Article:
Tiger shoots 67, but is it low enough?

DORAL, Fla. -- The name once elicited fear, at the very least respect. Golfers heading to Doral for the annual PGA Tour stop here knew they were in for a battle. And if the wind blew, a week of shaking sand from your hair and nightmares from your mind was par for a very mean course.

"Blue Monster'' was coined early on, back in the 1960s when a resort popped up west of Miami in what was then viewed as the middle of nowhere. They put up a small purse, a PGA Tour event was born, and Billy Casper was winning the first one in 1962 by going around the place in 283, which was 5 under par.

A half century later, much, of course, has changed. Doral is incorporated as its own city. The tournament at Doral is no longer just one of many stops on tour but a World Golf Championship event. Donald Trump is about to buy the place. Technology has made many championship courses ordinary.

And nobody has been afraid of this course for years.

Tiger Woods offered a good example Friday during the second round of the WGC-Cadillac Championship at Doral.

Woods shot a bogey-free 67 that got him to 5 under par for the tournament but still lost ground to the leaders. He began the day six strokes back of Adam Scott and Jason Dufner and finds himself seven behind Bubba Watson -- who shot 10-under-par 62.

"If we get normal wind or no wind at all, these bunkers really are not in play,'' Woods said. "So the longer hitters, it's just drive it down there and you've got a wedge in your hand.''

Woods was not complaining. He knows the situation as well as anyone. He won the regular tour event here in 2005 and 2006 shooting 24 under par and then 20 under par. He basically tore the place apart, and that has been the mindset around here for years.

If the wind doesn't blow, you better go low.

That's why Woods finds himself seven strokes back and in a tie for 15th place.

That's why 67 wasn't good enough to make much of a move.

Watson had 62 -- which isn't even the course record. Stephen Ames had 61 here back in 2000 and Mike Weir had 62 the next year -- although that score wasn't shot again until Watson did it.

But there were the years when Woods went low and produced plenty of scoring onslaughts at a place once believed to be brutal.

In addition to Watson's 62, Justin Rose had 64, as did Martin Kaymer. Peter Hanson and Bo Van Pelt each had 65. The scoring average for the day was under 70.

"It was so easy today,'' Watson said of the course. "During the practice rounds it was really blowing, then the first day it was blowing a little less. The greens were just running so smooth. Seems like everybody is making putts this week so far.''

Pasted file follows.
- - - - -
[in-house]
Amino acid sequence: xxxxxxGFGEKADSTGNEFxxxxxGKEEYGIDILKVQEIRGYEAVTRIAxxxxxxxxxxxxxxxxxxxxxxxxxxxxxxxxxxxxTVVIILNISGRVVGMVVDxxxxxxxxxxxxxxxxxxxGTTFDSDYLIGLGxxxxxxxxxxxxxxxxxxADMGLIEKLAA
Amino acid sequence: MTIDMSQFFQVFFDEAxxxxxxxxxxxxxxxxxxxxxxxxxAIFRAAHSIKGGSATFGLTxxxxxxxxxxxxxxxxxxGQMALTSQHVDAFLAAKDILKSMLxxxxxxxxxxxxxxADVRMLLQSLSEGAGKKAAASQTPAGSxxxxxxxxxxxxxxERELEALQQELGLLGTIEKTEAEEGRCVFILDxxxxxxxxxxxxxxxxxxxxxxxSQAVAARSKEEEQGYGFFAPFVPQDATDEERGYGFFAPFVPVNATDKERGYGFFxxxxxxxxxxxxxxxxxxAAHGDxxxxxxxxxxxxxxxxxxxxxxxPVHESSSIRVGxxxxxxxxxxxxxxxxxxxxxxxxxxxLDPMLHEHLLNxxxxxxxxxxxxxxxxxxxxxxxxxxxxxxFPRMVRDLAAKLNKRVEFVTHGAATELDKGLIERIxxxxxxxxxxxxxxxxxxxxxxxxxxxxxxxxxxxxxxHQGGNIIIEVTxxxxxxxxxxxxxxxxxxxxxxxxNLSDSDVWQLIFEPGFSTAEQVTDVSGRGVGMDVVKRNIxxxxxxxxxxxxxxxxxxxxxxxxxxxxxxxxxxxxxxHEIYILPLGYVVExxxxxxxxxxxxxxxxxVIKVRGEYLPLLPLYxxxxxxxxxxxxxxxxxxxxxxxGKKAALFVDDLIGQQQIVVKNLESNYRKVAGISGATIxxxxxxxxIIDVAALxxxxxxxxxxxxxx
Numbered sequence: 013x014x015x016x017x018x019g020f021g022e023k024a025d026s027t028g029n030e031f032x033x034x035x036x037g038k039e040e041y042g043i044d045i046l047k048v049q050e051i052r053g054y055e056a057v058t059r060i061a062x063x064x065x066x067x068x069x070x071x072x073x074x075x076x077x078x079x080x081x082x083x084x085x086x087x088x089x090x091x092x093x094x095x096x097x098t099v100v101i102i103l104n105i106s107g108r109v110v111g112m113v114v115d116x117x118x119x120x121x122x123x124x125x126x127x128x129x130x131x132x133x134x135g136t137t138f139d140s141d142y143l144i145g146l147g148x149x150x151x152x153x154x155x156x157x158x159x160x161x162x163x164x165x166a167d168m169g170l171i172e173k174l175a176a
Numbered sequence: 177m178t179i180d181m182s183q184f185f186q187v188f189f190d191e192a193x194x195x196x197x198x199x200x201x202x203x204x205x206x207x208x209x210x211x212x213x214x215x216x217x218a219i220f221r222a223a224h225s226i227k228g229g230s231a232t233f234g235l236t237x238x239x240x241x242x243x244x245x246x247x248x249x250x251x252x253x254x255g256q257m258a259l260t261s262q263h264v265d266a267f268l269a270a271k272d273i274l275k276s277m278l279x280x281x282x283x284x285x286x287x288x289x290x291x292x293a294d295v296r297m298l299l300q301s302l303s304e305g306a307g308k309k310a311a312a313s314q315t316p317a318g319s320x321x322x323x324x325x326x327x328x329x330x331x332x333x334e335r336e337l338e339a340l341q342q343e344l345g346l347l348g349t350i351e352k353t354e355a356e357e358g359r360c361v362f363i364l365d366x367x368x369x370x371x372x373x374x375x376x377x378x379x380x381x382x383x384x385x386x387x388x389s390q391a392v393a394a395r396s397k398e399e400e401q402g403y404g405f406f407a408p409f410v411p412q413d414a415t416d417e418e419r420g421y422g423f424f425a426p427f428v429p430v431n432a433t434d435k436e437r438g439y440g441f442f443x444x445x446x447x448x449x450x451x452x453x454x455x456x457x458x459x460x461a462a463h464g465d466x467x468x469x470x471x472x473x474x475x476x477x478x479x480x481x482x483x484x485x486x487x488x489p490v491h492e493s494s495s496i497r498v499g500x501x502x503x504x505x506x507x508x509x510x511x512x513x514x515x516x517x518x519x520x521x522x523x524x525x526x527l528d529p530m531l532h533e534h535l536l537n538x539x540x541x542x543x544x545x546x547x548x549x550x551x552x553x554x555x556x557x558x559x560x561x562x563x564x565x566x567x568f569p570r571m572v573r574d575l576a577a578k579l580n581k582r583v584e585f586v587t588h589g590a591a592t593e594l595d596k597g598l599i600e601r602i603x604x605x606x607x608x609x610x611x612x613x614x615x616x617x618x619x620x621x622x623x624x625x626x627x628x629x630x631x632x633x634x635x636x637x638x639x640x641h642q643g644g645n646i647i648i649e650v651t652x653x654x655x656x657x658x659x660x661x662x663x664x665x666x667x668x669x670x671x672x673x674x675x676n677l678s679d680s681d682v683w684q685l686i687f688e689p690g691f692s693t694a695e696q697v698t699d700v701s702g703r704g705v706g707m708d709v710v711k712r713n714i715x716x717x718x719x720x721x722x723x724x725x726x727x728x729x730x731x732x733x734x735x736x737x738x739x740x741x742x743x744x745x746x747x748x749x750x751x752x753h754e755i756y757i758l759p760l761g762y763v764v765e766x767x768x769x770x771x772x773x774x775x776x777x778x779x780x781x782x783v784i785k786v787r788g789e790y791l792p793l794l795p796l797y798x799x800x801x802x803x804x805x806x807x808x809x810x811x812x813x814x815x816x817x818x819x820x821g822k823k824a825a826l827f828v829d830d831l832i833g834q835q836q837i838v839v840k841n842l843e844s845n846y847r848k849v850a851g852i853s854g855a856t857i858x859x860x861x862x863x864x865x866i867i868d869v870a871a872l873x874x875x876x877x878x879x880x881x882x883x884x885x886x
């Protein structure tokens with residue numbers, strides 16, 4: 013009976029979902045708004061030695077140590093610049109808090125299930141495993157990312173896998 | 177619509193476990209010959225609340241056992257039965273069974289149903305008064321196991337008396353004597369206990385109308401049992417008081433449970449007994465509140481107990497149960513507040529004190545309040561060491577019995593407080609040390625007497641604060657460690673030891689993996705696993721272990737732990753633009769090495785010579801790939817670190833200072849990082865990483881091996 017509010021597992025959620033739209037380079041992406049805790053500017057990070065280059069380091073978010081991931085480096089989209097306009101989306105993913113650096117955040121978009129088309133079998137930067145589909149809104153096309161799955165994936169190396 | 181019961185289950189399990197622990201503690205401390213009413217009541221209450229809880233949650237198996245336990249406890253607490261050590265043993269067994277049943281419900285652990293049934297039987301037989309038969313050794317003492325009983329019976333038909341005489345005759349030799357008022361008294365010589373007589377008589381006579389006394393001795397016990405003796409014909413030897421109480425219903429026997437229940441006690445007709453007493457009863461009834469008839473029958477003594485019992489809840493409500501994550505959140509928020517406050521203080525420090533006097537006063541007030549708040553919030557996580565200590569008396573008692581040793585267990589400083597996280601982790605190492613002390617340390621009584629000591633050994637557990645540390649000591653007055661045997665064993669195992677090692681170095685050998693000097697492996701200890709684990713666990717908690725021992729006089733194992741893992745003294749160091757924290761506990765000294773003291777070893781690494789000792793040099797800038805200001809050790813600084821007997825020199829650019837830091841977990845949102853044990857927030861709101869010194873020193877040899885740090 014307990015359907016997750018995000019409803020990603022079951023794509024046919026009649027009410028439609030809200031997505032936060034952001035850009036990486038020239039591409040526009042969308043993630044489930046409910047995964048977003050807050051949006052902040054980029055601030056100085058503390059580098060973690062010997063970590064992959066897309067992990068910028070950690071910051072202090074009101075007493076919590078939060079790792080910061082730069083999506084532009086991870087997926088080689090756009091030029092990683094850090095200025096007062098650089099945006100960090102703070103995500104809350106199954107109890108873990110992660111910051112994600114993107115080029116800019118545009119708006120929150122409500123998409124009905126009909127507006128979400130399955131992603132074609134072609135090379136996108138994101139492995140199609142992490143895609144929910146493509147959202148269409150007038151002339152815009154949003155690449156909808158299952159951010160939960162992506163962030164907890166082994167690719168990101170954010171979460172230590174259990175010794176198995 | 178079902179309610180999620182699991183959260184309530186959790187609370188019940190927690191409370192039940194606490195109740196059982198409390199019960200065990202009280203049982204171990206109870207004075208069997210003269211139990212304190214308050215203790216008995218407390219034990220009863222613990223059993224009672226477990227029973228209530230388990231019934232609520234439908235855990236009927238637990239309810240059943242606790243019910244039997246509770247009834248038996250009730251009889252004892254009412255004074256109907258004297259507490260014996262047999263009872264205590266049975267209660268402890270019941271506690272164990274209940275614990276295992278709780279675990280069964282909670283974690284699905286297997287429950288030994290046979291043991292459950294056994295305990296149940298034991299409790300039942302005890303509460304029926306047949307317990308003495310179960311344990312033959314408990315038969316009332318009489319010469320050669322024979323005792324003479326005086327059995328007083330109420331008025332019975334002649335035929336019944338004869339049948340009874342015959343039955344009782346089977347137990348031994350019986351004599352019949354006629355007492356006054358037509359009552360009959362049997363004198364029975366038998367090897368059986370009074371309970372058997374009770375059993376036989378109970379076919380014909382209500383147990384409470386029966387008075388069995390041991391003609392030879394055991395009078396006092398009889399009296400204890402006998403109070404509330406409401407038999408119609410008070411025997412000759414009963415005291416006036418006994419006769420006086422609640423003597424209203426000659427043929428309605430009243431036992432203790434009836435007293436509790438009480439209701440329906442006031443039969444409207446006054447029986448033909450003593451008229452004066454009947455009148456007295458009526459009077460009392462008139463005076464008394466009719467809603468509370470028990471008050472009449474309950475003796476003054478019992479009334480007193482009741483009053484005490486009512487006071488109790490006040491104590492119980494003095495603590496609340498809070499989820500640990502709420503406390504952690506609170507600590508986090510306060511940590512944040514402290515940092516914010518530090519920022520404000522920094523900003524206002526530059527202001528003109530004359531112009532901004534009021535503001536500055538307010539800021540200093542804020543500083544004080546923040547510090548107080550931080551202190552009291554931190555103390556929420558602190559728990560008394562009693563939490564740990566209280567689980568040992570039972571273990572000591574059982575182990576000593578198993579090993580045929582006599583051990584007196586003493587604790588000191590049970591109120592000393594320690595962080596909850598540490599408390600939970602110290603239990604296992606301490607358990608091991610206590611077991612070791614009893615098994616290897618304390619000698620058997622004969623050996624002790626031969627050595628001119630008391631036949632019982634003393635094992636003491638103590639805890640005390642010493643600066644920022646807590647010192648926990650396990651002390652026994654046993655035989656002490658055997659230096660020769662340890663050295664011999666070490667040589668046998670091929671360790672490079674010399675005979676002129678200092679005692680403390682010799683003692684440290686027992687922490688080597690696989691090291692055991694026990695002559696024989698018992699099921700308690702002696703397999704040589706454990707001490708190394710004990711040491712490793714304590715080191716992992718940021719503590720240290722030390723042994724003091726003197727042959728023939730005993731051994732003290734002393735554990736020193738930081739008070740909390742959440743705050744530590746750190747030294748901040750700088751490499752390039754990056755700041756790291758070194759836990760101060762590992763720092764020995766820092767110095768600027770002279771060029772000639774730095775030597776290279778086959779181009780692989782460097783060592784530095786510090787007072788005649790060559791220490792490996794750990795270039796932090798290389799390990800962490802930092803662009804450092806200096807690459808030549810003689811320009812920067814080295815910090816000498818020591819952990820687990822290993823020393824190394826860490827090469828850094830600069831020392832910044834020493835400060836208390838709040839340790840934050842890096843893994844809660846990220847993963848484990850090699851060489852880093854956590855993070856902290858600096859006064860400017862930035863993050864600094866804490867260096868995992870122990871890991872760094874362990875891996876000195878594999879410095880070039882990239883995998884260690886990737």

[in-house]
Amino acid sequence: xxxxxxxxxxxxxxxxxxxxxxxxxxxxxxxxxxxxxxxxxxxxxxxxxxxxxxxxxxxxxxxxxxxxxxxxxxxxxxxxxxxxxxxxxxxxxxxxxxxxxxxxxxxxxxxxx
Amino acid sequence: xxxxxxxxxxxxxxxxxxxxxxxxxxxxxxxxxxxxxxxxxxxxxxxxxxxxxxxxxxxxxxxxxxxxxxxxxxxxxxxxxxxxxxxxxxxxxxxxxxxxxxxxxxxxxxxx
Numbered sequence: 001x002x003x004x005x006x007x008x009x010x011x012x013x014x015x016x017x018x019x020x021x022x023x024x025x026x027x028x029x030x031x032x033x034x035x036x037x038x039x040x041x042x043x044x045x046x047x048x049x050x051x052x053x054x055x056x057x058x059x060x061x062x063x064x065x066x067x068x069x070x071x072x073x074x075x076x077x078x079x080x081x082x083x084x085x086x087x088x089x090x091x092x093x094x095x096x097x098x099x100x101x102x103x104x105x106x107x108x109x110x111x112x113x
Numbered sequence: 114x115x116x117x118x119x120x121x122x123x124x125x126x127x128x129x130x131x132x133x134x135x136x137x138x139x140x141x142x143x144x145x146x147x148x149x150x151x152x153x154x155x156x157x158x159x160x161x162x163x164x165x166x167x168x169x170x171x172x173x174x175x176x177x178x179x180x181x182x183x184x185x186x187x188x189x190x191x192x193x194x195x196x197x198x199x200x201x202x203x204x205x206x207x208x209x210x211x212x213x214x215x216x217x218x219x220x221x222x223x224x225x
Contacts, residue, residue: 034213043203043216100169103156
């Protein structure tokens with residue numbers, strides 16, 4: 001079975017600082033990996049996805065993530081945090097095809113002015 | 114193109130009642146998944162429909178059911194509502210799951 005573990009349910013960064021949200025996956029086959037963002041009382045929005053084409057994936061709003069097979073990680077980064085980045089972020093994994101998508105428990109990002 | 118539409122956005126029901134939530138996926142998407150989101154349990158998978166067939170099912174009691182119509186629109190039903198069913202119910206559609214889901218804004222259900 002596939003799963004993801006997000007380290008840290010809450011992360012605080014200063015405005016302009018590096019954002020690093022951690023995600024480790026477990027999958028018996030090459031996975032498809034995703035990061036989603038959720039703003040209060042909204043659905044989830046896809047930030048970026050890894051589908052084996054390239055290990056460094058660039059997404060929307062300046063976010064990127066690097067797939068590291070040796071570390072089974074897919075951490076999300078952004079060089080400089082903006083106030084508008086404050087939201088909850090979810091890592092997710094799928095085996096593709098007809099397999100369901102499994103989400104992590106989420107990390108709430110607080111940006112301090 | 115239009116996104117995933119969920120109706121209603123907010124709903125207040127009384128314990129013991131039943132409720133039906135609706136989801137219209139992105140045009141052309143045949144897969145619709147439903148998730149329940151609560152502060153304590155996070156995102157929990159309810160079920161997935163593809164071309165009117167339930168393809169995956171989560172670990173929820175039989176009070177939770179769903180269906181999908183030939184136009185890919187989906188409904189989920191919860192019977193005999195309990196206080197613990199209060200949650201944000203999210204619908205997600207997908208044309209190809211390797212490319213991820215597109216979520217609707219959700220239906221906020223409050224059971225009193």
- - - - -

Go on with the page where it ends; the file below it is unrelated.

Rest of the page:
Woods might have a quibble with that. He played nicely, hitting 14 of 18 greens. He had three more birdies on par-5s and is 7 under are on the eight par-5s so far this week. But he had four birdie putts of 15 feet or less that he failed to convert and had looks on each of the last four holes he played, getting nothing to drop.

"This is the highest score I could have shot today for sure,'' Woods said. "It could have been pretty low today.''

Once again there were signs that Woods is putting things together. He drove the ball well, and while he failed to convert as many putts as he would have liked, he had his second bogey-free score in three rounds, to go with the 62 he shot Sunday at the Honda Classic.

But nobody's waiting around for him. At Doral, especially on a day like Friday, you better be knocking shots close and holing a few putts. It is simply the landscape around here nowadays.

The once dreaded Monster now typically plays as the easiest of the courses on the Florida Swing in March and is certainly a pushover when compared to the TPC Sawgrass, where the Players Championship is played in May. Perhaps that is one of the reasons Trump has hired architect Gil Hanse to do some work around the place once the 2012 WGC event is completed.

"It needs a lot of work,'' Trump said this week. "It's a little bit tired, and that's OK. We're going to do something special.''

Hanse was quick to point out the original Dick Wilson design -- that had work done to it by Raymond Floyd in the late 1990s -- will not be a restoration.

"It's a renovation, because we think we are obviously making some significant changes to golf holes, but I think within the spirit of Dick Wilson we'll try to recapture some of the stylistic elements,'' Hanse said.

"We'll try to create a golf course with angles that are relevant again and where it's important to get to the proper side to score as opposed to just hitting it as far as you possibly can. I think if you talk to a lot of the players, that seems to be the strategy or lack thereof on this golf course now is to try and overpower it.''

For now, players have to get used to it or be lapped. Woods saw that the hard way Friday, when he played pretty well and fell farther behind. It's something he's done to others in the past, and something he has to deal with heading into the weekend.

"All they have to do is get these fairways fast, but that's something that they haven't done,'' he said. "Or get the greens rock hard. That will make guys not be as aggressive off the tees, because it puts a premium on getting the ball with spin into the greens. But the greens are soft.

"Even if the ball is in the rough, you can still hold a green. In years past, it wasn't always the case … They are just slower and softer.''

And that meant even after a pretty good round, you could walk away not feeling so good about things.

Bob Harig covers golf for ESPN.com. He can be reached at BobHarig@gmail.com.